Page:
From finding the right mentor to remaining resilient, China Soribe discusses what she has learned about entrepreneurship from her time at Wayflyer and starting her own business.
China Soribe is an operations manager at Wayflyer, Ireland’s latest tech unicorn that gives e-commerce companies the insights and funds they need for growth. She is also an e-commerce entrepreneur herself as co-founder and CEO of Umoja Linn, an online marketplace for Afrocentric fashion brands.
Soribe will be a mentor at the Techstars Startup Weekend Women Dublin, an online event taking place this weekend to help women turn start-up ideas into a reality. Over three days, participants will work together and hear from mentors, investors and sponsors including Wayflyer.
‘My advice for entrepreneurs is to find a committed mentor who will guide and challenge you’
– CHINA SORIBE
What experience do you have with start-ups or entrepreneurship?
I’ve been very fortunate to not only gain hands-on experience in founding and building a business with Umoja Linn but to also work with a second start-up, Wayflyer.
My role at Umoja Linn is quite extensive. My responsibilities include monitoring of the market landscape and developments, strategic planning and implementation to meet both short- and long-term goals, and ensuring the business stays true to its vision and mission as we grow.
I initially joined Wayflyer as an investment risk analyst and progressed to my current role as an operations manager. As a risk analyst, I investigated e-commerce businesses seeking funding and decided whether or not to provide them with funding based on the level of risk. This entailed assessment of the businesses’ online presence, their management accounts and speaking to the founders and chief officers.
In my current role as operations manager, I am part of an amazing team that owns the process and operational strategy around Wayflyer’s core product.
In your opinion, which areas of science and technology hold the greatest scope for opportunities?
Top on my list has to be the life sciences industry in Ireland. As a biomedical engineering student in Galway, I became very aware of the strong and ever-growing presence of big corporations such as Pfizer, Allergan, Medtronic and many more. With sectors such as pharmaceutical, medical devices and diagnostics growing, Ireland is fast becoming a key player in this space and is already one of the largest exporters of pharmaceuticals globally.
It would be a crime not to also mention the remarkable opportunities in artificial intelligence and machine learning.
What are the qualities of a good founder? Are good entrepreneurs born or can they be made?
Ambition, confidence, positivity and resilience are essential qualities for a good founder.
To dream big and continuously work towards new goals and scale, one needs ambition and drive. Self-confidence and belief in your vision are also must-haves. A founder has to be confident and contagiously positive to sell her or his vision to potential teammates and stakeholders. Most important is the resilience to push past inevitable failure and learn from mistakes.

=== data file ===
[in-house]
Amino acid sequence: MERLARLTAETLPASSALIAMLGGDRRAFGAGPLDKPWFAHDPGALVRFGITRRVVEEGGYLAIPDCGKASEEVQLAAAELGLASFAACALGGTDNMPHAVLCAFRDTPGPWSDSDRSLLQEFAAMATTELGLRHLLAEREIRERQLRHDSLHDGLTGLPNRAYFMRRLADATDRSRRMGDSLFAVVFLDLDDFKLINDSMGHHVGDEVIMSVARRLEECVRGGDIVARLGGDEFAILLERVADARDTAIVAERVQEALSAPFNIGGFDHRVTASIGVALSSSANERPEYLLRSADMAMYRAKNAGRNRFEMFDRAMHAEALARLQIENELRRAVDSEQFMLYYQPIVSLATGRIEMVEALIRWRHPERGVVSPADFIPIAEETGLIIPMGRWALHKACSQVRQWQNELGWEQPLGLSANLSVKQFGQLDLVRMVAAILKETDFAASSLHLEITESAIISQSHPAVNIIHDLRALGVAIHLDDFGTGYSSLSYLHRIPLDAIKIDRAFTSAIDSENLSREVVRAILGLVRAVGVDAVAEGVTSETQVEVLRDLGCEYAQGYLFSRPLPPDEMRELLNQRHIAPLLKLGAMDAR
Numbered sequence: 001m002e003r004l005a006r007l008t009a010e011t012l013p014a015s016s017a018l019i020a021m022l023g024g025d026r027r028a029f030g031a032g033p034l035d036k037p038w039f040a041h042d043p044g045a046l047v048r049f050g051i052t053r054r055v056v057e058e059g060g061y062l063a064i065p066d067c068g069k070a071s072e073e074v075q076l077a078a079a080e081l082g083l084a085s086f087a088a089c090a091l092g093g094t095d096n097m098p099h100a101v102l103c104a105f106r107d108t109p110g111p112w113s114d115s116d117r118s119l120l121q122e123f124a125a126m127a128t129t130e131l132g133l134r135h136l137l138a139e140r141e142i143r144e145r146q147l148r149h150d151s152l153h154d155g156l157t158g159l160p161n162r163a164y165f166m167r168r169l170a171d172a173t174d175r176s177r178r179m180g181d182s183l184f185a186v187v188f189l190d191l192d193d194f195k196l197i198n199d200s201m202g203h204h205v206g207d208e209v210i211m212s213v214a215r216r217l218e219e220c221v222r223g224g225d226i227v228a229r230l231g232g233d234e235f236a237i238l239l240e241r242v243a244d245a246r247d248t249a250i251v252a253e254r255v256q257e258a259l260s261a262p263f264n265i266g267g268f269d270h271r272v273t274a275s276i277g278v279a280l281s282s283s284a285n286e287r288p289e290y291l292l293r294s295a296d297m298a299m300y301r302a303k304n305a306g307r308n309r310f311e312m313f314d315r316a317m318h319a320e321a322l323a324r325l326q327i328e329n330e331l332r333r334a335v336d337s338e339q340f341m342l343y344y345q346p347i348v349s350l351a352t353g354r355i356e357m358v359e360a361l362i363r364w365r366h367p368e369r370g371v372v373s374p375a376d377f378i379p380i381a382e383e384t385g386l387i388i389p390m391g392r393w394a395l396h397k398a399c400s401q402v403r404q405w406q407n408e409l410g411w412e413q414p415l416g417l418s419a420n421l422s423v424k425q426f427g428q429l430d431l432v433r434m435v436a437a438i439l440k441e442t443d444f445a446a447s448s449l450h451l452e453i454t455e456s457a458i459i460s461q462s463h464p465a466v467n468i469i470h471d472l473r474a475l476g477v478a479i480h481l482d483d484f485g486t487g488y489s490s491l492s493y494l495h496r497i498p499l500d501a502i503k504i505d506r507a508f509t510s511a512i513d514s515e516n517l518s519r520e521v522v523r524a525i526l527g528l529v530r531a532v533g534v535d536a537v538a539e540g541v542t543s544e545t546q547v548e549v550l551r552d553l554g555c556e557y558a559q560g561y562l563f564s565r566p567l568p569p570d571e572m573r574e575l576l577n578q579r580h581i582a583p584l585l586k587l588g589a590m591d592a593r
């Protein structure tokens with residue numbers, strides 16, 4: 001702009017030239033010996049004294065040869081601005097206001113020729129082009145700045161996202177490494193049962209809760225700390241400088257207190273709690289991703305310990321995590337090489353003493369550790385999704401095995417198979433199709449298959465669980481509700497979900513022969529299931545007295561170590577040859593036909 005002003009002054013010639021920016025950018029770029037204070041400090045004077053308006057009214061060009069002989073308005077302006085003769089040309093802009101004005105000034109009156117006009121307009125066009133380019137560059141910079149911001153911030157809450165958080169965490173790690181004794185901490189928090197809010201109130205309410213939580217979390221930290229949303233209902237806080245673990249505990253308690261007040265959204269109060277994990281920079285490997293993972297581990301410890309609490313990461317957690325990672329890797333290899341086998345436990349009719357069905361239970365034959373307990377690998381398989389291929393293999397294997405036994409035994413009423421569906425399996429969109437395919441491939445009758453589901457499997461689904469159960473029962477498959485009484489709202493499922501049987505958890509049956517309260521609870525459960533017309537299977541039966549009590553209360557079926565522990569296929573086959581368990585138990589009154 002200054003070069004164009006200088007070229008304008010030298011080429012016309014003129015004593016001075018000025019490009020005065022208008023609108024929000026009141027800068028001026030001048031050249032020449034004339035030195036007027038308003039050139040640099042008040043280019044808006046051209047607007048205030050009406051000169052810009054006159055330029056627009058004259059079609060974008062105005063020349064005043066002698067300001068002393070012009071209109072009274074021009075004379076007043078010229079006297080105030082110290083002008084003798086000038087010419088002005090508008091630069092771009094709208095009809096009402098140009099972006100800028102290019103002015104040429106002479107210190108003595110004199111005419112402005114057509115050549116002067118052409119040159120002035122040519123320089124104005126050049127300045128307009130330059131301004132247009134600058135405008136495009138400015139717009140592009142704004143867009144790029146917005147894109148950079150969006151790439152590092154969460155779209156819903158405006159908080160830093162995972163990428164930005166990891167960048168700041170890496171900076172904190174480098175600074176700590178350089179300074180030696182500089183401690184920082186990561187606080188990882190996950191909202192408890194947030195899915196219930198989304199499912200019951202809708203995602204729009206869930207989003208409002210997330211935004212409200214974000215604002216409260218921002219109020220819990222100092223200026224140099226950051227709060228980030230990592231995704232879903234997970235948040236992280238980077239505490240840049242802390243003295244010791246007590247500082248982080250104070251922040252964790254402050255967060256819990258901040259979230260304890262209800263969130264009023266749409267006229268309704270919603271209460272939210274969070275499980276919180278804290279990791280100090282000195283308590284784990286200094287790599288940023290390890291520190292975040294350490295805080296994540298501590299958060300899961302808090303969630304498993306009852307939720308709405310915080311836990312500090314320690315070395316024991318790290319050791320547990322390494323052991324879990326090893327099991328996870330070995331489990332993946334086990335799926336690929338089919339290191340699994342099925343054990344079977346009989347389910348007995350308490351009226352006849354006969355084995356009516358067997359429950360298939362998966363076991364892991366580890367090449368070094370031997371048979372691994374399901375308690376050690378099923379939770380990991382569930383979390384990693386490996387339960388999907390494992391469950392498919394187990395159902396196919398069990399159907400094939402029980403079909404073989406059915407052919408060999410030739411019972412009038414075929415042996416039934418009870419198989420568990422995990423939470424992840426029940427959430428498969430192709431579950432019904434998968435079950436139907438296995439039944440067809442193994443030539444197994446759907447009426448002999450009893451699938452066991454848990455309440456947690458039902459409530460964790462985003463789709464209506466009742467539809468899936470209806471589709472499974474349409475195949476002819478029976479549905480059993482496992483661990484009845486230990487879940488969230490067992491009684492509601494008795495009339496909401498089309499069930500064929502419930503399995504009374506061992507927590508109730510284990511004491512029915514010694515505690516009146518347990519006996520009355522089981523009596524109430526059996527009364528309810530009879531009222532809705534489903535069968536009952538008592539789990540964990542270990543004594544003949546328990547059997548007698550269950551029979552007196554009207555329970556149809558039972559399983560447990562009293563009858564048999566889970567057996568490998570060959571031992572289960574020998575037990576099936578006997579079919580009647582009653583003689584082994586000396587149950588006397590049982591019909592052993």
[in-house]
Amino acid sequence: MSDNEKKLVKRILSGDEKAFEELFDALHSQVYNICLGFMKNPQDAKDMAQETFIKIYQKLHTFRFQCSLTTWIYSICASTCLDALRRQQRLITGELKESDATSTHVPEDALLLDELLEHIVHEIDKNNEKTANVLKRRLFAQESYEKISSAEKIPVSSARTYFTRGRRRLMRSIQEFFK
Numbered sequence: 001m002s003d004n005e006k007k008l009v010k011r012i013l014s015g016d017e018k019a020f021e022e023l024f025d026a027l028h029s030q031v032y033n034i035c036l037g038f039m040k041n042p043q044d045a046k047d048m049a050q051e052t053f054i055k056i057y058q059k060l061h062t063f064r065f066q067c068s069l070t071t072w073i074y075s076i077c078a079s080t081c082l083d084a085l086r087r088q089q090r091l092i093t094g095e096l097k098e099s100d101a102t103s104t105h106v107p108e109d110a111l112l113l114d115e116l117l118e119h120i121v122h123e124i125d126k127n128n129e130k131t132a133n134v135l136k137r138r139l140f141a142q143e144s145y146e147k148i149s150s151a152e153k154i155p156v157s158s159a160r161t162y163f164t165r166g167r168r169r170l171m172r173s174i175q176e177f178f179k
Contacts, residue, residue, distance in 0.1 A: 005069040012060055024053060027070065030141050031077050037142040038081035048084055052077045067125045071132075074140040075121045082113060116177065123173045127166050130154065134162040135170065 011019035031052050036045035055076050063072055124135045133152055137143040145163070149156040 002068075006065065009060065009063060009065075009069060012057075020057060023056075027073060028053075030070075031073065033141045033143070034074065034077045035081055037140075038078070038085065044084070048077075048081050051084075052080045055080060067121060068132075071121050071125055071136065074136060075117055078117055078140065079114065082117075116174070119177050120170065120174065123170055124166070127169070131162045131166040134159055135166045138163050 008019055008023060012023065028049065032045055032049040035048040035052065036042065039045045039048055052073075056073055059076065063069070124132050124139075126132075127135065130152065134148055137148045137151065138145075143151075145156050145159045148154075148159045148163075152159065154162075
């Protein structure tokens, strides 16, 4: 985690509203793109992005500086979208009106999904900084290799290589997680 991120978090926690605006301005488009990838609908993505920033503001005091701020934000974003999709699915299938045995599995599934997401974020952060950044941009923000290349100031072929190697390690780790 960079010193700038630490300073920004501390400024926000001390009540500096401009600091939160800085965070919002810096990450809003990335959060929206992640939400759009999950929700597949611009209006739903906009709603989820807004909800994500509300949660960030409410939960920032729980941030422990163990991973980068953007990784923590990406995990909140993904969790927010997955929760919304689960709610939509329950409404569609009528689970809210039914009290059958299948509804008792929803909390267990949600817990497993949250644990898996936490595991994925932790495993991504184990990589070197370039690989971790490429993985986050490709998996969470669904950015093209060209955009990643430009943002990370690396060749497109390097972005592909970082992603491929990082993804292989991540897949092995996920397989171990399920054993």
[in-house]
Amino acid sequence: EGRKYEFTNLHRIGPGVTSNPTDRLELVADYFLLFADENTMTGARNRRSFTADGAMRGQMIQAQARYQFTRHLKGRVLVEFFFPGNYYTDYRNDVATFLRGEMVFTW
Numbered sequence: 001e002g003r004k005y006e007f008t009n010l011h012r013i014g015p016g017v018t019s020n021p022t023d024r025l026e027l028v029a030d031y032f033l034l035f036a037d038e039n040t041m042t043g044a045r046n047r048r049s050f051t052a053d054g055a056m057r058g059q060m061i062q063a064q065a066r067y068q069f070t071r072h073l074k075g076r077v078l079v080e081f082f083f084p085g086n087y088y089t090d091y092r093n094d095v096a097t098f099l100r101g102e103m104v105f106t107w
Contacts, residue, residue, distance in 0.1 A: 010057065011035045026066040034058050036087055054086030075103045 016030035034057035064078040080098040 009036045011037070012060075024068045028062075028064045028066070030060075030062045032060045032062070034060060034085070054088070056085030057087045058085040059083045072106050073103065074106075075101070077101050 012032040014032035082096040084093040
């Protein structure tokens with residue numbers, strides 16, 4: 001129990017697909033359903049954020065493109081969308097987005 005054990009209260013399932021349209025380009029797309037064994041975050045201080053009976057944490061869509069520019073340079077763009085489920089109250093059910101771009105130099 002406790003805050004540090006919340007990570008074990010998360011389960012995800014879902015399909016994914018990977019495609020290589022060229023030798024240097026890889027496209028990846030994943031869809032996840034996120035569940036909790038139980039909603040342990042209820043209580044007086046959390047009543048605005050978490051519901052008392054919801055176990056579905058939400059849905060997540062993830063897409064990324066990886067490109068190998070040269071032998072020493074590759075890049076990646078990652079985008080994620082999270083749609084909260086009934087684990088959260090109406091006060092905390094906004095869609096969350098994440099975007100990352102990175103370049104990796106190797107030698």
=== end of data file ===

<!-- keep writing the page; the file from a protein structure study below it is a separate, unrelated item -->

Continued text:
I believe good entrepreneurs can be made as they can develop the aforementioned qualities through certain life experiences.
What does a successful entrepreneur need to do every day? What tools and resources are a must?
A successful entrepreneur needs to have a checklist to help with organisation and maintaining focus. As you become more successful, you find that more distractions crop up. I find that writing out to-do lists help with prioritisation and making sure you are focused on the main goal – and not distracted by tasks that could be avoided or reassigned to other teammates.
You also need to maintain a strong network of support and mentors that you listen to, receive reliable feedback and learn from.
What is the critical ingredient to start-up success?
I believe a clear vision, a strong, multifaceted team, a quality product or service that solves a problem, and timing are critical ingredients to start-up success.
How can founders assemble a good team?
Assembling a great team is critical to start-up success and should never be compromised. The best way to build a team of aligned members is by actively expanding your network, talking passionately about your goals and winning the right people over with your love and believe in the vision.
What advice do you have for founders who are starting to look for investment?
Talk to your network, seek advice and attend events. Also make sure to explore your options, weighing out the pros and cons for each type of investment. Be it equity funding from angel investors or revenue-based financing from Wayflyer.
The head of funding at Wayflyer, Mark Corballis, gives invaluable advice in this article on equity funding dos and don’ts.
What are the biggest mistakes that founders make?
Trying to achieve too much at the same time and ending up achieving nothing due to split focus.
What are your views on mentorship and the qualities one should look for in a mentor?
The right mentor is an invaluable asset and accelerator of one’s success. This is why I absolutely adore the mentorship opportunity being provided in the Techstars Startup Weekend Women Dublin being organised by YourY Network.
When looking for a mentor, you should look for someone who will hold you accountable, has the time to commit to your mentorship, and has relevant experience you can learn from.
What’s the number-one piece of advice you have for entrepreneurs?
My advice for entrepreneurs is to find a committed mentor who will guide and challenge you, and also to maintain focus on the vision and remain resilient when faced with failure.
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